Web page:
Trailing herd is a tale of woe
Punters who like piggy-backing director buying - particularly multi-director buying - have discovered that sometimes it can be costly. Very costly.
Coffey International is the company that provides the cautionary tale.
The specialist consulting group, which provides engineering, environmental and project management services, enjoyed a good-enough earnings record until a few years ago.
Moving into red-ink territory in 2011 and 2012, though, Coffey's scrip was poleaxed.
But in February this year chief John Douglas, who was appointed in March 2011, reported that a loss had become a profit and that the "turnaround remains well on track".
In the days following those bullish tidings, most of the directors bought shares at about 40¢.
But in April, Douglas reported it unlikely that Coffey would achieve its guidance of earnings exceeding or equalling the first-half result.
Result? The scrip went from 30¢ to 19¢.
This week, Douglas had some more news: earnings before interest, tax, depreciation and amortisation for the current year were tipped at $18 million to $19 million, rather than about $32 million.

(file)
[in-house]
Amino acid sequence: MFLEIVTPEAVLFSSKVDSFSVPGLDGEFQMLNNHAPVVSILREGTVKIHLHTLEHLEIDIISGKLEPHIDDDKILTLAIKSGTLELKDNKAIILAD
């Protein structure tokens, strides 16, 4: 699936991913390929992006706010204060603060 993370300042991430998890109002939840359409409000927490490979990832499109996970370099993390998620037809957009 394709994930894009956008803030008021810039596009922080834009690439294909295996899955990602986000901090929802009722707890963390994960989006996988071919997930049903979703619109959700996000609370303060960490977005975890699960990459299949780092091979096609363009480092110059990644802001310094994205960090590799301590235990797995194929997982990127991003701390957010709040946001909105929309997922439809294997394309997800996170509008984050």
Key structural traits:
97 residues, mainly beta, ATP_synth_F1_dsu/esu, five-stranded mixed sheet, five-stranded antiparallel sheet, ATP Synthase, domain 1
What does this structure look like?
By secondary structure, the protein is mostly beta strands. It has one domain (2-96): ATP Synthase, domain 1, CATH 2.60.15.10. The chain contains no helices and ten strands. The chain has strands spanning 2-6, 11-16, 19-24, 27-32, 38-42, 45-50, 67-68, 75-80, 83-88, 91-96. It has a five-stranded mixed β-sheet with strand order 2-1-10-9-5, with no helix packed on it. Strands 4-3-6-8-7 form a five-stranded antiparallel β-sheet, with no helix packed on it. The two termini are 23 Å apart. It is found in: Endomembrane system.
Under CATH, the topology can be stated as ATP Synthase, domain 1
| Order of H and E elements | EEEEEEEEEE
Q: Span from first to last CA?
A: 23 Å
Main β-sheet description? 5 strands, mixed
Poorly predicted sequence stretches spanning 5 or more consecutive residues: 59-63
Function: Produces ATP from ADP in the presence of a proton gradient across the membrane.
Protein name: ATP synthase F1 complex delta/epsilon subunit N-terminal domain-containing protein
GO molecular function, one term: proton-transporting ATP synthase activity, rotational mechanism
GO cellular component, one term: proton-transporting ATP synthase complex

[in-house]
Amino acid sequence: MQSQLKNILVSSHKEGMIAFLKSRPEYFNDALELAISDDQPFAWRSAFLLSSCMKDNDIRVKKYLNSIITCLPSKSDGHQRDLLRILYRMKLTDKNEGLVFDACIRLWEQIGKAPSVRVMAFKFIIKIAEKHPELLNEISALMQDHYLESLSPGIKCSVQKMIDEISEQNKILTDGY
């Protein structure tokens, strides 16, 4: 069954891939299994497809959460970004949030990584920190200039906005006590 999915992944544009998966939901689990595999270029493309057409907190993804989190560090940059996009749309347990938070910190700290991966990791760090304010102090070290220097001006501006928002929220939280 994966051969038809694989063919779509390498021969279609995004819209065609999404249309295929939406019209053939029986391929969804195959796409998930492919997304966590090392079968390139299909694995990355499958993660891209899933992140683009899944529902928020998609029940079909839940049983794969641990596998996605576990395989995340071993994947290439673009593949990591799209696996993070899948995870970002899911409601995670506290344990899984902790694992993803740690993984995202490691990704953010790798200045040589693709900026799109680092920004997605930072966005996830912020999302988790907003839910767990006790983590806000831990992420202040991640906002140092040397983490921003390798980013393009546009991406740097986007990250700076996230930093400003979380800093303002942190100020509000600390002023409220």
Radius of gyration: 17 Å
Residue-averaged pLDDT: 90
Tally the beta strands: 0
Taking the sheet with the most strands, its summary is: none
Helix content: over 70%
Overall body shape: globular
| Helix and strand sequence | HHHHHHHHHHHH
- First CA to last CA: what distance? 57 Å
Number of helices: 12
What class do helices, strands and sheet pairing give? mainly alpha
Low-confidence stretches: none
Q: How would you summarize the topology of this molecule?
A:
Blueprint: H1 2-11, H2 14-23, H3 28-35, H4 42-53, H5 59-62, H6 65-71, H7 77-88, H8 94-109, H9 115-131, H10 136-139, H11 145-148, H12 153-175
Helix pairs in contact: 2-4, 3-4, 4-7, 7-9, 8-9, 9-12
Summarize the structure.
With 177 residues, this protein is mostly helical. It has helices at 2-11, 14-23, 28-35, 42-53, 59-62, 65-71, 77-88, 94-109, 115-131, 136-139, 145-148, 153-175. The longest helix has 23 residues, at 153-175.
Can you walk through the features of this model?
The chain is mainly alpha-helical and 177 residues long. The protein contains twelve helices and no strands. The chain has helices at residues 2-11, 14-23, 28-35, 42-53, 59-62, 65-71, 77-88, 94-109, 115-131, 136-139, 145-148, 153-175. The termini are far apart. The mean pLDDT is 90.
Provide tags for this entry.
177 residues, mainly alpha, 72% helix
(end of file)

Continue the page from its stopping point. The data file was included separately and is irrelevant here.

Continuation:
Result? The shares went from 23¢ to 10¢.
Now, in an almost carbon-copy performance of an earlier time, most of the board has loaded up again, paying about 11¢.
On this latest lot of scrip, they're ahead of the game; the shares closed at 15¢ on Friday.
And talking of earnings downgrades, get a load of Boom Logistics chief Brenden Mitchell's sortie into the market. He spent 99 grand, adding to recent director buying.
Donald Mercer and Gregory Robinson stepped up to the gold roulette wheel and were down a few dollars a Newcrest Mining share at week's end.
Among sellers, Edmund Bateman gifted a lot of scrip to family, James Murdoch raised some petty cash, while Gail Kelly put a bit more into Westpac shares than she extracted.